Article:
American Heart Month | CardioVisual.com

Celebrate American Heart Month This February

February, the month of love and Valentines, is also American Heart Month. First sanctioned by President Lyndon B. Johnson in 1964, it’s a period set aside to raise awareness about heart disease and how people can prevent it — both at home and in the community.

Wear Red DayThe American Heart Month celebration kicks off with National Wear Red Day on February 3, a fundraiser emphasizing heart health for women that’s sponsored by the American Heart Association (AHA).  The campaign encourages individuals and groups to create a “FUNraising” webpage to raise funds to support educational programs to increase women’s awareness and critical research to discover scientific knowledge about cardiovascular health.

Participants are encouraged to wear the color red on February 3 to show support for women with heart disease and stroke. Heart disease and stroke cause 1 in 3 deaths among women each year, killing approximately one woman every 80 seconds, according to the AHA.

The AHA and other groups will be encouraging heart-friendly practices throughout the month of February. CardioVisual, for example, will be posting heart-friendly messages and suggestions throughout American Heart Month via our social media channels. We also, of course, encourage everyone to download the CardioVisual app (iOS or Android) to learn more about heart health.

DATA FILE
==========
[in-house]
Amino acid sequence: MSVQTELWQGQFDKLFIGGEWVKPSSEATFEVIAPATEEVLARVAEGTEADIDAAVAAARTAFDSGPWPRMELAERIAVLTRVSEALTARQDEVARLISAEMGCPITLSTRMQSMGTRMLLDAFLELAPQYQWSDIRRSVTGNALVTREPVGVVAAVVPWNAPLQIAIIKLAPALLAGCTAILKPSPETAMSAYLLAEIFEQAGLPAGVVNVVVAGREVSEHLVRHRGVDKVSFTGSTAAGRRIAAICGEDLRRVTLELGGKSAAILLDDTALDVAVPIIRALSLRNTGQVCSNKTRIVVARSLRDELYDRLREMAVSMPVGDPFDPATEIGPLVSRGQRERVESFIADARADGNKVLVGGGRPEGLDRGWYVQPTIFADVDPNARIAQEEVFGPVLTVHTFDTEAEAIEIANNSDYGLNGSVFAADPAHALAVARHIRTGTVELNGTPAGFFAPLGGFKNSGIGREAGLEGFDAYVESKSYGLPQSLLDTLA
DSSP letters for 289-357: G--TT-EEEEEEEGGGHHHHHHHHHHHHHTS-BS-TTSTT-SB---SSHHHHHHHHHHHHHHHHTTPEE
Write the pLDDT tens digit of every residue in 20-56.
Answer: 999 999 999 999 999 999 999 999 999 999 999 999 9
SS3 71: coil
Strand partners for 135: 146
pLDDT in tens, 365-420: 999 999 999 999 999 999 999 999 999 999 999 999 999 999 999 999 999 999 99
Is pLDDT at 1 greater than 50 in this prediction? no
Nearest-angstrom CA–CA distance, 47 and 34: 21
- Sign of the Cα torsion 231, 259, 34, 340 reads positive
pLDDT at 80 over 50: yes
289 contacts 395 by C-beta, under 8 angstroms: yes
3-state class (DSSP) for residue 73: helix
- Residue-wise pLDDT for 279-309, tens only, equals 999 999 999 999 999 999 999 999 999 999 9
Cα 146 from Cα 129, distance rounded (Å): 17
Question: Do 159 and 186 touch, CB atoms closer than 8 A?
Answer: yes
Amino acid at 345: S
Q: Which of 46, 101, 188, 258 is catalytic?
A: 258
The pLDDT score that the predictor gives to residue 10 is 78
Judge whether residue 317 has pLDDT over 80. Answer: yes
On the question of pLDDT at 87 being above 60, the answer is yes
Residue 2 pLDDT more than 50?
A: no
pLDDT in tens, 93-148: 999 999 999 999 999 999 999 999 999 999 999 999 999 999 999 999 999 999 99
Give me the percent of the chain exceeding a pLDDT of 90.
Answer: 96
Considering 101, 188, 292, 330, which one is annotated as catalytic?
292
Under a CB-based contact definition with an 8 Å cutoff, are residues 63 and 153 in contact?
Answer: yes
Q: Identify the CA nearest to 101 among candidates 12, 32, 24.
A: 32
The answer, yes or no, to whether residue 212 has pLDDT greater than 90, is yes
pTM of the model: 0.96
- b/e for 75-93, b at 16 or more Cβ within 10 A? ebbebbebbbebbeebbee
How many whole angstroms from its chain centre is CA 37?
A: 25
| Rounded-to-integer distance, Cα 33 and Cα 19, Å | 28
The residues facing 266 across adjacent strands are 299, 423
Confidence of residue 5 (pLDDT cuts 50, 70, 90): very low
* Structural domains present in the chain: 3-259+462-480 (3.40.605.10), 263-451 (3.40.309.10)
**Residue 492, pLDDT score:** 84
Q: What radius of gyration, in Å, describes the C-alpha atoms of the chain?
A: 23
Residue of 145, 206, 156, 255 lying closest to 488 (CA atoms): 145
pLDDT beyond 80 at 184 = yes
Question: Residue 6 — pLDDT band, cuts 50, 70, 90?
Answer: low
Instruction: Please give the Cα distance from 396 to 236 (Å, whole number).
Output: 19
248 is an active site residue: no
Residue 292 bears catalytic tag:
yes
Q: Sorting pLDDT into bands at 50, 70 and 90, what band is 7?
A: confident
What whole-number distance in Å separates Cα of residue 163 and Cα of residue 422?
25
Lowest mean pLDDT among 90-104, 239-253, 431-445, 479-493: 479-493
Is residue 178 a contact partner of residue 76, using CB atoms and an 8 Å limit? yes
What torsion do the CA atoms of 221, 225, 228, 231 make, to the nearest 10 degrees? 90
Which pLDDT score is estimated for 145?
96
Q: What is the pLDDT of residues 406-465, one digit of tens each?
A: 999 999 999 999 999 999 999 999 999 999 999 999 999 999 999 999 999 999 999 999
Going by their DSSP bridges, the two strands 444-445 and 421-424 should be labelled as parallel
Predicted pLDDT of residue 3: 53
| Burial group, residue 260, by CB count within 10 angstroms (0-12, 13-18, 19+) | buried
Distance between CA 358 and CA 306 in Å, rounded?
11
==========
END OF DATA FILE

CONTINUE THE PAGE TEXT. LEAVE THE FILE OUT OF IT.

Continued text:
Advocacy group Million Hearts is this year calling on younger Americans to spread prevention messages. “We believe young adults have the power to engage their parents in crucial conversations about heart disease prevention that can result in heart-healthy behavior changes,” says the group.

Heart-healthy Tips for American Heart Month

From the Centers for Disease Control and Prevention, take note of these heart-healthy tips for February and beyond:

Schedule a visit with your doctor to talk about heart health. It's important to schedule regular check-ups even if you think you are not sick. Partner with your doctor and health care team to set goals for improving your heart health, and don't be afraid to ask questions and trust their advice.

Add exercise to your daily routine. Start off the month by walking 15 minutes, 3 times each week. By mid-month, increase your time to 30 minutes, 3 times each week.

Increase healthy eating. Cook heart-healthy meals at home at least 3 times each week and make your favorite recipe lower sodium. For example, swap out salt for fresh or dried herbs and spices.

Take steps to quit smoking. If you currently smoke, quitting can cut your risk for heart disease and stroke.

Take medication as prescribed. Talk with your doctor about the importance of high blood pressure and cholesterol medications. If you're having trouble taking your medicines on time or if you're having side effects, ask your doctor for help.

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